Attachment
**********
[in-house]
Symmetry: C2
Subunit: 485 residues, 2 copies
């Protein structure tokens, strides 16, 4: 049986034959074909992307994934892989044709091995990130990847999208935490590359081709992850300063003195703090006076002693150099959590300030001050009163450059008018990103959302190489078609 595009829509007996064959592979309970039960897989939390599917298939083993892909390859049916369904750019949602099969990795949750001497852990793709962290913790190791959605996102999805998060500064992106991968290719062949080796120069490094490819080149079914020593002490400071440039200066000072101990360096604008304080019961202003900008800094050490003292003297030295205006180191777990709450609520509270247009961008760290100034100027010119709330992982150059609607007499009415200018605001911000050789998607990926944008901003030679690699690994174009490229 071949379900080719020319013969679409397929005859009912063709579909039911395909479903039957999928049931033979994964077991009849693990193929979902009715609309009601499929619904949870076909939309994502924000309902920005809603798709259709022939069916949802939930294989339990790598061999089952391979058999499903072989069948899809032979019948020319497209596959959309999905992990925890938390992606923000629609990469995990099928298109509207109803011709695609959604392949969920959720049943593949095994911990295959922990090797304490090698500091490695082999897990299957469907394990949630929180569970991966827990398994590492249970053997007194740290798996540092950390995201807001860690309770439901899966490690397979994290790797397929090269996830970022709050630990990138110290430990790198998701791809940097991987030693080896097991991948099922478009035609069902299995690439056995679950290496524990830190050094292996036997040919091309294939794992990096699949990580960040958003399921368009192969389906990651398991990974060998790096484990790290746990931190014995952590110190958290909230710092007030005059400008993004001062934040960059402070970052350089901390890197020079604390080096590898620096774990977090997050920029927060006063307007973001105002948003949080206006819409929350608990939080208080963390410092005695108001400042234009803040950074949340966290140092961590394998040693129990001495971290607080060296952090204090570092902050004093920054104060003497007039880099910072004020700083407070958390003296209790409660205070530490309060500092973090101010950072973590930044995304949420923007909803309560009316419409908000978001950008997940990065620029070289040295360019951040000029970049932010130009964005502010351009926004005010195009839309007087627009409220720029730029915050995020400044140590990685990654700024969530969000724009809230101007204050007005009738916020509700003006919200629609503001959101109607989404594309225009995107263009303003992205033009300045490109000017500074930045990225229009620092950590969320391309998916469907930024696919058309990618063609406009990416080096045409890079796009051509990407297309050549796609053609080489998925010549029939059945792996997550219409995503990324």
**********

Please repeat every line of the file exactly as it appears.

[in-house]
Symmetry: C2
Subunit: 485 residues, 2 copies
């Protein structure tokens, strides 16, 4: 049986034959074909992307994934892989044709091995990130990847999208935490590359081709992850300063003195703090006076002693150099959590300030001050009163450059008018990103959302190489078609 595009829509007996064959592979309970039960897989939390599917298939083993892909390859049916369904750019949602099969990795949750001497852990793709962290913790190791959605996102999805998060500064992106991968290719062949080796120069490094490819080149079914020593002490400071440039200066000072101990360096604008304080019961202003900008800094050490003292003297030295205006180191777990709450609520509270247009961008760290100034100027010119709330992982150059609607007499009415200018605001911000050789998607990926944008901003030679690699690994174009490229 071949379900080719020319013969679409397929005859009912063709579909039911395909479903039957999928049931033979994964077991009849693990193929979902009715609309009601499929619904949870076909939309994502924000309902920005809603798709259709022939069916949802939930294989339990790598061999089952391979058999499903072989069948899809032979019948020319497209596959959309999905992990925890938390992606923000629609990469995990099928298109509207109803011709695609959604392949969920959720049943593949095994911990295959922990090797304490090698500091490695082999897990299957469907394990949630929180569970991966827990398994590492249970053997007194740290798996540092950390995201807001860690309770439901899966490690397979994290790797397929090269996830970022709050630990990138110290430990790198998701791809940097991987030693080896097991991948099922478009035609069902299995690439056995679950290496524990830190050094292996036997040919091309294939794992990096699949990580960040958003399921368009192969389906990651398991990974060998790096484990790290746990931190014995952590110190958290909230710092007030005059400008993004001062934040960059402070970052350089901390890197020079604390080096590898620096774990977090997050920029927060006063307007973001105002948003949080206006819409929350608990939080208080963390410092005695108001400042234009803040950074949340966290140092961590394998040693129990001495971290607080060296952090204090570092902050004093920054104060003497007039880099910072004020700083407070958390003296209790409660205070530490309060500092973090101010950072973590930044995304949420923007909803309560009316419409908000978001950008997940990065620029070289040295360019951040000029970049932010130009964005502010351009926004005010195009839309007087627009409220720029730029915050995020400044140590990685990654700024969530969000724009809230101007204050007005009738916020509700003006919200629609503001959101109607989404594309225009995107263009303003992205033009300045490109000017500074930045990225229009620092950590969320391309998916469907930024696919058309990618063609406009990416080096045409890079796009051509990407297309050549796609053609080489998925010549029939059945792996997550219409995503990324």